Re: virus: Aikido, Objectivism, and Other Metaphors

Eva-Lise Carlstrom (
Mon, 17 Mar 1997 23:57:58 -0800 (PST)

On 17 Mar 1997, D. H. Rosdeitcher wrote:

> Objectivism is for identifying which metaphors are based on objective
> reality and which contradict objective reality. This is important because one of
> the major problems with the world is that there are powerful destructive
> institutions which function through metaphors which are not based in objective
> reality. Such institutions, which include current governments, religions, and
> the academia, control and regulate information and resources, blocking progress
> on personal and global levels. One example is academic institutions which have a
> force-backed monopoly on certain knowledge and professions like medicine. People
> entering such fields are stifled and stagnated by bureaucratic red tape. As
> powerful as such institutions seem, however, they are based on a "house of
> cards"--metaphors with no basis in reality.

Most metaphors capture some aspects of reality while missing others.
Maybe I should make that 'all metaphors'. Some metaphors capture more
useful aspects of reality, for a given purpose, than others do.
It is indeed important to notice which aspects are being attended to and
which neglected, in the metaphor one has chosen.

> Here's a specific example of how such institutions depend on non-objective
> metaphors. There were recent posts on a lecture given at a major university
> about topics such as reason, free-will, metaphor, etc. by George Lakoff.

Actually, the lecture was at the Hult Center for the Performing Arts, as
part of a series of speakers on technology and thought or some such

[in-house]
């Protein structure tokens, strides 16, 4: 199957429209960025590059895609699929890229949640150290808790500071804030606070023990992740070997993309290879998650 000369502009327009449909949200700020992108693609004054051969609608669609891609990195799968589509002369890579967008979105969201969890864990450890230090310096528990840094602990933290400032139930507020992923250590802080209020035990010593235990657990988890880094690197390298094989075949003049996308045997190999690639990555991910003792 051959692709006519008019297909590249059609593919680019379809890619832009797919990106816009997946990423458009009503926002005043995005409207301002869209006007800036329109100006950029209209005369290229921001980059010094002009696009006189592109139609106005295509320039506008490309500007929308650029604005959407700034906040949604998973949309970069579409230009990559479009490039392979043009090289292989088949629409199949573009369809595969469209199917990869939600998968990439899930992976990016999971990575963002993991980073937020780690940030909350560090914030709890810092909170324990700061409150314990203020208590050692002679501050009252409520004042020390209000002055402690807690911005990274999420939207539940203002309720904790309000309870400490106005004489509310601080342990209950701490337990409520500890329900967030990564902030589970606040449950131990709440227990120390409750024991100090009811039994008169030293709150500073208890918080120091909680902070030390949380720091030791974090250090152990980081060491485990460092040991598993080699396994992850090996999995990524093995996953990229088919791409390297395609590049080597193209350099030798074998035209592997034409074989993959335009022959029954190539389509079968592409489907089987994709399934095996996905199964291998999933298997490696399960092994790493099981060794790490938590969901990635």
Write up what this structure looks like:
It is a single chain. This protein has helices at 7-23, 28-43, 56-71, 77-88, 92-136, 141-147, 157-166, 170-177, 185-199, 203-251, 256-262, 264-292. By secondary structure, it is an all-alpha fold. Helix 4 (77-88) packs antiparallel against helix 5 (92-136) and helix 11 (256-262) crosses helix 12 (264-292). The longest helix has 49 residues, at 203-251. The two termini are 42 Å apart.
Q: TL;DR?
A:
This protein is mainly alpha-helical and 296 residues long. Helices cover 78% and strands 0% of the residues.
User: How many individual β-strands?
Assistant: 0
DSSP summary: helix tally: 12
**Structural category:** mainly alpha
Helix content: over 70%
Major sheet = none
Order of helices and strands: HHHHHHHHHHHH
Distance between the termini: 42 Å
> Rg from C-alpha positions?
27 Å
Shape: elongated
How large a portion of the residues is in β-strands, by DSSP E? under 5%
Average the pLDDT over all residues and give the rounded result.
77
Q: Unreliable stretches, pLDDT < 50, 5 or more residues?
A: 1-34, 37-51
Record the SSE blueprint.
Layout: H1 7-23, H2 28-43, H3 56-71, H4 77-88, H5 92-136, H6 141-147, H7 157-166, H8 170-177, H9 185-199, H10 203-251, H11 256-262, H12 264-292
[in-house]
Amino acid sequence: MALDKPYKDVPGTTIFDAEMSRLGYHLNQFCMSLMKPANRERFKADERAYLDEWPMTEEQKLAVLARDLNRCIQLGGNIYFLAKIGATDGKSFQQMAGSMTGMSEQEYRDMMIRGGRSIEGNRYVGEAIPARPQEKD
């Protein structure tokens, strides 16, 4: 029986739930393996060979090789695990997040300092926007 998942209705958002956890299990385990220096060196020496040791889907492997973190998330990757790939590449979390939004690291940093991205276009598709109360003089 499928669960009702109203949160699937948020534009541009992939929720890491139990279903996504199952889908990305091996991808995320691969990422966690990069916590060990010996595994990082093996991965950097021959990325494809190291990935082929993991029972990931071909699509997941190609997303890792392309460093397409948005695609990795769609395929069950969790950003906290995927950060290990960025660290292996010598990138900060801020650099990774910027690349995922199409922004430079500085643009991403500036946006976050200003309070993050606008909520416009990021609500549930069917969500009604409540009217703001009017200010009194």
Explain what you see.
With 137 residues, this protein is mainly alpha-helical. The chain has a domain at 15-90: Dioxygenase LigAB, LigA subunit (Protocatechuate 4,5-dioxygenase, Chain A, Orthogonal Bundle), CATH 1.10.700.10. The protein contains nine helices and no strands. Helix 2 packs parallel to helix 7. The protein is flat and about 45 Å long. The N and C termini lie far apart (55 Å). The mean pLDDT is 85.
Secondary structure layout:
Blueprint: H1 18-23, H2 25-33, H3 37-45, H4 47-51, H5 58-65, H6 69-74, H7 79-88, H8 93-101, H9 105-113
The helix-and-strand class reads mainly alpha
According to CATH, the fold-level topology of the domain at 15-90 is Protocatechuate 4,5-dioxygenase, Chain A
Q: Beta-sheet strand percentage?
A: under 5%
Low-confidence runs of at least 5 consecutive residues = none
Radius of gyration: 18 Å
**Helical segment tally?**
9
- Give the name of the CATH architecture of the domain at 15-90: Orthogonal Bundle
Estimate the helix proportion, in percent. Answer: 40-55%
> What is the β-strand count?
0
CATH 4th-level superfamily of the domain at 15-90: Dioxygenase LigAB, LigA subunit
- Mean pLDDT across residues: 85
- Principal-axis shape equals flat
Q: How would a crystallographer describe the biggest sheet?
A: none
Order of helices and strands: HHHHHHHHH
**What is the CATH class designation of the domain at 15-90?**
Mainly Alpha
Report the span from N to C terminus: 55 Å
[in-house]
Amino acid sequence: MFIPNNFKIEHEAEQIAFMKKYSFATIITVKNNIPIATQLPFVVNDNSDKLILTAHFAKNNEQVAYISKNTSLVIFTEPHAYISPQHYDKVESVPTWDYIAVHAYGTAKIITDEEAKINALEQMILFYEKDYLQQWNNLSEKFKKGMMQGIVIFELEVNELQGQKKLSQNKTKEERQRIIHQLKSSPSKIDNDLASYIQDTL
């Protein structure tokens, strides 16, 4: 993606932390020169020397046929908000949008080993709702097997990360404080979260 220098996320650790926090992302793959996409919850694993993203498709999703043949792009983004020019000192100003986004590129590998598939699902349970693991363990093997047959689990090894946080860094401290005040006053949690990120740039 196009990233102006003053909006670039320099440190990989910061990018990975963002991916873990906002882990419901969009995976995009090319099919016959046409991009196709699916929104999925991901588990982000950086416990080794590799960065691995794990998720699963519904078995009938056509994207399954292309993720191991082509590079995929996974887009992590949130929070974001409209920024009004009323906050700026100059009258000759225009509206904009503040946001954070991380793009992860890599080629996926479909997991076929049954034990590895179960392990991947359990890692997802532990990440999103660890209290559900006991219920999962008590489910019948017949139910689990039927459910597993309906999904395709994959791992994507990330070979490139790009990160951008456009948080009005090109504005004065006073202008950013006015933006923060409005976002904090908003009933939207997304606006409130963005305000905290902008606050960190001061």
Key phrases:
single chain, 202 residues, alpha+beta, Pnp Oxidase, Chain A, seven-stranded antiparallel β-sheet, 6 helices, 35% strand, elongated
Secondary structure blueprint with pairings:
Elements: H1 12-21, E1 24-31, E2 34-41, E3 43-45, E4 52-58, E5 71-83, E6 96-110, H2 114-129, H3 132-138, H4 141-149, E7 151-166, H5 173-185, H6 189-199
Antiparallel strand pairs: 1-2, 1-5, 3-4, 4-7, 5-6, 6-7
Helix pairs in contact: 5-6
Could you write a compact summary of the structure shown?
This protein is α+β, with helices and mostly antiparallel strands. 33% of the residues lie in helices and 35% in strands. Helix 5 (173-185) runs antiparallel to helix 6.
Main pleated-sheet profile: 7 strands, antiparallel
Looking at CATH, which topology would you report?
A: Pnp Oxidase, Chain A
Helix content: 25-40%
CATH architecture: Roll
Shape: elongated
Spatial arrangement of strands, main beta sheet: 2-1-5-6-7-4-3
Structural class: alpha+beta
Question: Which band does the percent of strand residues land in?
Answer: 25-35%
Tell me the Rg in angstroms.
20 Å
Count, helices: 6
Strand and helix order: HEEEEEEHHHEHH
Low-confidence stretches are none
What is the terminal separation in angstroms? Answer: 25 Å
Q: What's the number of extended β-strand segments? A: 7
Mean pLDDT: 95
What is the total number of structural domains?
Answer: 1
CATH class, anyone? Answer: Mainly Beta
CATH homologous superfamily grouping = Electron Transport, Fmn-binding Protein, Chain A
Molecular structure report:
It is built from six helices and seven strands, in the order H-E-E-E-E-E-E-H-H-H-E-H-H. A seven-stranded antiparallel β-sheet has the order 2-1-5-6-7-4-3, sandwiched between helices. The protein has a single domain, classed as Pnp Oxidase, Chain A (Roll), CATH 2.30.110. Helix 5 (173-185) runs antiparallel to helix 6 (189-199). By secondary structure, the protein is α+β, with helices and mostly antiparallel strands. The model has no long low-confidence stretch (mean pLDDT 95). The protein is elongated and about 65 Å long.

> Lakoff's position was that reason is useless and he used a combination of valid
> empirical studies and corrupt distortions of truths to prove his point. One of
> the things that the empirical studies showed, was that concept formation is
> based on sense perception. He then tried to prove that philosophy and reason are
> useless, because many philosophies based on reason came to the wrong conclusion
> about concept formation and sense perception.

No it wasn't. No he didn't.
Lakoff did not say that reason is useless, but that reason has a nature
different from that which has been claimed by philosophers for a long
time. He said that reason is not independent from the body and emotions,
but rooted in it, and that the way we reason is derived from the way we
live and perceive.

> He did not mention Objectivism, which explains that concept formation is
> based on sense perception, before empirical evidence showed this fact. The
> presentation was a way of giving incomplete information to support the idea
> that people helplessly need some big institution to get knowledge, credentials,
> jobs, money, etc.

Personally, I walked into the box office and bought a ticket, on the
basis of a personal interest in his books and what else he might have to
say. I think most of the rest of the audience did too. From the age mix
and the question session, and conversation afterwards, I don't think most
of the audience was affiliated with or dependent on any particular 'big
institution'. I certainly did not get the impression from Lakoff that he
wanted us to become informational vassals. I have no idea where you got
that, since I understood him to be in fact encouraging personal
independent inquiry.